Im says his other favorite PGA Tour stars include Adam Scott and Hideki Matsuyama.
"Adam Scott has a perfect swing, so I like to look at his swing as a form of image training," he says. "With Hideki, he has a special swing rhythm that works for him, so I appreciate that about him. He's so consistent. People tell me sometimes that my backswing reminds them of Hideki's, since I take it back slow. I feel like there's a difference, though, because he pauses at the top while I just have a slow takeaway."
Im says his favorite LPGA players are not fellow South Koreans but rather are golfers ages 20 and 32, respectively, from the United States.
"I'm a fan of Nelly Korda and Paula Creamer," he says. "I like how they handle themselves on the golf course. They seem incredibly poised and mature."
Im grew up in Jeju Island, and learned the game at the CJ Nine Bridges Golf Club, site of a PGA Tour event last year won by Justin Thomas. He started taking golf lessons while in the first grade. Golf was the only sport he played, for all intents and purposes.
"I started taking golf seriously at a young age, so I didn't really have a chance to play any other sports," he says.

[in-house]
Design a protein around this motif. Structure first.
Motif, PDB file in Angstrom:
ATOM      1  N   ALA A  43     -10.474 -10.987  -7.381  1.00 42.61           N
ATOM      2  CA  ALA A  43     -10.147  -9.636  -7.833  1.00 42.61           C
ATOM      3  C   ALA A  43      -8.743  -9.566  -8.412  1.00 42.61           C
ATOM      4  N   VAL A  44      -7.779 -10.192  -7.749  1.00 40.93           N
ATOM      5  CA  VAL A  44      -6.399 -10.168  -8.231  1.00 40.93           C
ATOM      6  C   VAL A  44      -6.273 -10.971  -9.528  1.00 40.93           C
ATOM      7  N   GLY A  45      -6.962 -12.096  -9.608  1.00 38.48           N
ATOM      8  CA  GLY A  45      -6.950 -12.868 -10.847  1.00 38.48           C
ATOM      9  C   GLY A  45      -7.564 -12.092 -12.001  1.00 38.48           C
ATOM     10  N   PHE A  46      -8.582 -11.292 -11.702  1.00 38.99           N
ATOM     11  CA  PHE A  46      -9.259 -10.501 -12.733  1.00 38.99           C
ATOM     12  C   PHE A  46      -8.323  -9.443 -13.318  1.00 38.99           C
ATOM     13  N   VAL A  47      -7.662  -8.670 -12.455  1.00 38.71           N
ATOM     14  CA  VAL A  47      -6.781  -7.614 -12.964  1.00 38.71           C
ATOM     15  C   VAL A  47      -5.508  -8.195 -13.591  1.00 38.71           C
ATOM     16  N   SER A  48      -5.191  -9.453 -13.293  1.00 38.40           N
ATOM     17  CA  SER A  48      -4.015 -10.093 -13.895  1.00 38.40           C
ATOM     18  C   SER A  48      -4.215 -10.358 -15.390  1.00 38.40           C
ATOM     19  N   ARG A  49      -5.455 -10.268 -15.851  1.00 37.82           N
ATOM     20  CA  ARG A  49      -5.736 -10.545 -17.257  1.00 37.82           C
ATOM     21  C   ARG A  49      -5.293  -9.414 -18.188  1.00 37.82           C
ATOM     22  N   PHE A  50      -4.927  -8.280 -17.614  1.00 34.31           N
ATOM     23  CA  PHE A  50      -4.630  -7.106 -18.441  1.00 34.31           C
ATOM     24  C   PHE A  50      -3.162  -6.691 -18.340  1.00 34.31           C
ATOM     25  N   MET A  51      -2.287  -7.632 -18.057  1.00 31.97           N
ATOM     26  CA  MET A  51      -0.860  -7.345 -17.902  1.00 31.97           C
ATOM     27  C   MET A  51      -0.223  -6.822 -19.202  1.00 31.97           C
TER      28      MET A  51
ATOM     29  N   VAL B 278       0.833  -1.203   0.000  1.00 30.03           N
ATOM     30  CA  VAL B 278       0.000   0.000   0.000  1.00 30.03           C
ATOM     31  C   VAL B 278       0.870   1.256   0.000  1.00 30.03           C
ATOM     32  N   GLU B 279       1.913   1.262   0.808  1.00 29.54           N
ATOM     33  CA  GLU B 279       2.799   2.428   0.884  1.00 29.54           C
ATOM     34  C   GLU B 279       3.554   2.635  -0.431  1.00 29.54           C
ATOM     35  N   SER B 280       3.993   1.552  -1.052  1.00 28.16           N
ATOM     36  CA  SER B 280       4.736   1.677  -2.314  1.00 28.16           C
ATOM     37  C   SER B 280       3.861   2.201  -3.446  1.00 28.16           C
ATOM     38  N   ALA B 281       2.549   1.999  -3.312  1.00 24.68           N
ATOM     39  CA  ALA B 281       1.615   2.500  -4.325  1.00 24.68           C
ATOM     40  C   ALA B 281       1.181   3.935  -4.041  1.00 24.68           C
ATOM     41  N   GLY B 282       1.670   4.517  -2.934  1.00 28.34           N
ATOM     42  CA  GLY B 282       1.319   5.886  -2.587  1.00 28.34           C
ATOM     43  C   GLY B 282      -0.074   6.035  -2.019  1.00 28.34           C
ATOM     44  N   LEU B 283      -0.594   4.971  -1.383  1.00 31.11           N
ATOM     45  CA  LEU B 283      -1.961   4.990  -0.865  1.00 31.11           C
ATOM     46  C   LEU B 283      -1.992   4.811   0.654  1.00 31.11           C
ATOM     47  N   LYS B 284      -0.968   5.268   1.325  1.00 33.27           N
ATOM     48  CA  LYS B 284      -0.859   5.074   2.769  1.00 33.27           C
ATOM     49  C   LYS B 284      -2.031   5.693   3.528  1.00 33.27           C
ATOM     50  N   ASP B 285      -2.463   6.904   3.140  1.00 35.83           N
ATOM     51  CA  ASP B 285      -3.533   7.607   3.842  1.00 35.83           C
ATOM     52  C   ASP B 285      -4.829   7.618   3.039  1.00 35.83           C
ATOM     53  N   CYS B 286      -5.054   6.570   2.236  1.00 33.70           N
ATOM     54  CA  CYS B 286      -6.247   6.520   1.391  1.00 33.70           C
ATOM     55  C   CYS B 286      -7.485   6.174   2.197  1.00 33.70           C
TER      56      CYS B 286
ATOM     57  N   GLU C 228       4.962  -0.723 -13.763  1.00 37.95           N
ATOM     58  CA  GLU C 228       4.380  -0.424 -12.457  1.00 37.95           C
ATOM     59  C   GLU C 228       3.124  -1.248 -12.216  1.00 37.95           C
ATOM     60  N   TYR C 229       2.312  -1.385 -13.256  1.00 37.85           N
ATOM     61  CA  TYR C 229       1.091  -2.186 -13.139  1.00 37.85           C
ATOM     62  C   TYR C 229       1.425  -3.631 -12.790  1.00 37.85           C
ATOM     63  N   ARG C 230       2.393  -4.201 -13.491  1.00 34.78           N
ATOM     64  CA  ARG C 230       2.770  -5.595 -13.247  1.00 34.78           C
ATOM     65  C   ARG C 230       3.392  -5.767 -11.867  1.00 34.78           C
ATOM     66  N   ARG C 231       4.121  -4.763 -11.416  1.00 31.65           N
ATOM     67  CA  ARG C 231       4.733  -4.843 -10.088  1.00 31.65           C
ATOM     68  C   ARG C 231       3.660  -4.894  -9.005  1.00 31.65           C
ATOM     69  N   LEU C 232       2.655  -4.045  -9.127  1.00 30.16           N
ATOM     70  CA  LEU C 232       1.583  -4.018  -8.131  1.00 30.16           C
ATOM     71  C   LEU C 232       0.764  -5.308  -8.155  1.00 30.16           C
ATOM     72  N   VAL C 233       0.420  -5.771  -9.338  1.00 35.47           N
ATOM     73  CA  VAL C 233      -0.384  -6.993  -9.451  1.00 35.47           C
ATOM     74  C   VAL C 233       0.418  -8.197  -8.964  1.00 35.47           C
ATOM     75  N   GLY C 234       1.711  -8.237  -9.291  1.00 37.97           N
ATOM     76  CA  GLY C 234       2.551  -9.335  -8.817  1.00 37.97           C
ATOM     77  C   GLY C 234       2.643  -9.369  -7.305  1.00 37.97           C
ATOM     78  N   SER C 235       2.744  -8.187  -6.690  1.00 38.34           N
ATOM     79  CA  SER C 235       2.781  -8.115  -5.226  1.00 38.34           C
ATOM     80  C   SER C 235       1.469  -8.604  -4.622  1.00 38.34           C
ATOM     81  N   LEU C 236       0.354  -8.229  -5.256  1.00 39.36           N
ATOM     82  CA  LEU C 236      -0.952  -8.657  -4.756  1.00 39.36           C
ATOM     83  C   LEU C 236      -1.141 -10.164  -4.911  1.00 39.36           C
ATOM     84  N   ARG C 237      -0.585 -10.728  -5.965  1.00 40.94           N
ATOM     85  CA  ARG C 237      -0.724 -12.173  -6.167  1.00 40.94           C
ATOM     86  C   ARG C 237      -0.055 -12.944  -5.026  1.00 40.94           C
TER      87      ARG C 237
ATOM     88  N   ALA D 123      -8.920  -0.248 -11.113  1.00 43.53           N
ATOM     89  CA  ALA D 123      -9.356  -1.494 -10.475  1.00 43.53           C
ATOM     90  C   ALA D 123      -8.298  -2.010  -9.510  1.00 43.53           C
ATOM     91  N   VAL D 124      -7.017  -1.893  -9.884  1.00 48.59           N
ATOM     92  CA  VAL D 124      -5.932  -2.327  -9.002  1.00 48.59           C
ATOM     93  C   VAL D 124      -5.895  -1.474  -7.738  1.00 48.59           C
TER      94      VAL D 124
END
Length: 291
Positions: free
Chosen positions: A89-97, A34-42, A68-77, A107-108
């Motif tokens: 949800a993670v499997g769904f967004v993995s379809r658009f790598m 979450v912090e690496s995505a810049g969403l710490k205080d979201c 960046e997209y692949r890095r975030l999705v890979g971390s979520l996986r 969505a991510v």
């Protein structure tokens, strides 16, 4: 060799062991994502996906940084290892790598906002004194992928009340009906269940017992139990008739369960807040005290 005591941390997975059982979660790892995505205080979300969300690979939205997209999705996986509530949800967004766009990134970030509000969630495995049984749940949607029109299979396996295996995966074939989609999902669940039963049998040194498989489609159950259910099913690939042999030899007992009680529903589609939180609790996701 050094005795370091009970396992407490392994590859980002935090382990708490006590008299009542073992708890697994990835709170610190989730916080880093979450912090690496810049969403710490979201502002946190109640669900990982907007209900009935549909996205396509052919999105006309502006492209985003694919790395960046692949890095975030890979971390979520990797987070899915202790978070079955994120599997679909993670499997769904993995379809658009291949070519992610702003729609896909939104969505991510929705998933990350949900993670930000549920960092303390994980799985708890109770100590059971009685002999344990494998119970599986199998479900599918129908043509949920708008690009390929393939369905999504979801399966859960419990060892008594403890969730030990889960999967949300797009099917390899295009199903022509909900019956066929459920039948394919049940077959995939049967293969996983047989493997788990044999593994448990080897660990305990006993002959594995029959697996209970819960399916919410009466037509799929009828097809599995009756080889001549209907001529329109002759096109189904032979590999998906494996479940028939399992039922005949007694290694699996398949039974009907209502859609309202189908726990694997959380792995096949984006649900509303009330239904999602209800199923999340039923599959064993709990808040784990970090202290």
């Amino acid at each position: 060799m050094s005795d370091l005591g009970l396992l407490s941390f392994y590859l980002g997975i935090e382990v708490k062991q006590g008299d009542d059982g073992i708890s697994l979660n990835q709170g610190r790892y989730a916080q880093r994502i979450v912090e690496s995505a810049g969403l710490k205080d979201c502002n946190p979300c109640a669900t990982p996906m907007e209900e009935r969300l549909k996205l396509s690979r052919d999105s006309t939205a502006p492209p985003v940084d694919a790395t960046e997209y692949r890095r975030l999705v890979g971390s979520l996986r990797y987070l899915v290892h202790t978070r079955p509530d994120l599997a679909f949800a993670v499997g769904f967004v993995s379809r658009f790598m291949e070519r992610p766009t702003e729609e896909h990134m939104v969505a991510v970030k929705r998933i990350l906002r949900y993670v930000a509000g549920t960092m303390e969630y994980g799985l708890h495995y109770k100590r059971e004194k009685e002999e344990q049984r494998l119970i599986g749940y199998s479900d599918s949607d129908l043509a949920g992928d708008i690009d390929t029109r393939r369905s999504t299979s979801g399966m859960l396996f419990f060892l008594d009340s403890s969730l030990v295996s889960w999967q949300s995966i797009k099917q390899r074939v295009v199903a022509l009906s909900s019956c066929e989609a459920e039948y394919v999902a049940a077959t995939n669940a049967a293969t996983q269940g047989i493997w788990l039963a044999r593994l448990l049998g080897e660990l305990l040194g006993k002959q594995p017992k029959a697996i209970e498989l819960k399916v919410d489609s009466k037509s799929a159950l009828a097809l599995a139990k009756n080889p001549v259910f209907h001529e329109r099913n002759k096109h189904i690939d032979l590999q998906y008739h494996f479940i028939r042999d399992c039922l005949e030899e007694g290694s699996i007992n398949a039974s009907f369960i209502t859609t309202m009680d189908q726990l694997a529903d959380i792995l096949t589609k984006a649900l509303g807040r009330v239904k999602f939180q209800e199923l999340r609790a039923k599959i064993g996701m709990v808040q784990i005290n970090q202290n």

Im says he never had any "direct" offer to play college golf in the U.S., and never aspired to do so.
He began playing basically full time on the Japan Golf Tour in 2016 (at age 17). He had six top-five finishes last year in Japan and finished 12th in earnings, then set his sights on the Web.com Tour, which is the direct route to the PGA Tour.
"My goal has always been to make it to the PGA Tour, and that was my main motivation for moving to the United States," he says.
His father works for a construction company, and his mother "is a stay-at-home mom" mostly, but both have been traveling with him to every tournament this year.
"I'm really grateful to have that support system with me at all times," Im says. "I don't think I could've done it alone this season."
The support system includes his caddy — and by design, he's had four of them this year.
"I won the Bahamas tournament with Daniel Gregory, then worked with Jeff King starting in Louisiana (in March), then switched to Jim McGurk in Omaha (in July)," he says.
Next up is Brian Vranesh, a former PGA Tour player who is returning to his bag this week. He caddied for Im at the late-2017 Web.com qualifying event.
Im says he's gone with different caddies because "I want to get a feel for what I like and don't like … and test out what works well for me."
He says long-iron play is his strength, and his 4- and 5-irons are probably his favorite clubs. He says he hits a 4-iron 200-plus yards and a 5-iron about 190.
Everything was "extremely great" when he won at The Bahamas, including his iron play and putting. He closed with a bogey-free, 7-under 65, the low round of the day.
He says he most remembers a key shot on the 10th hole.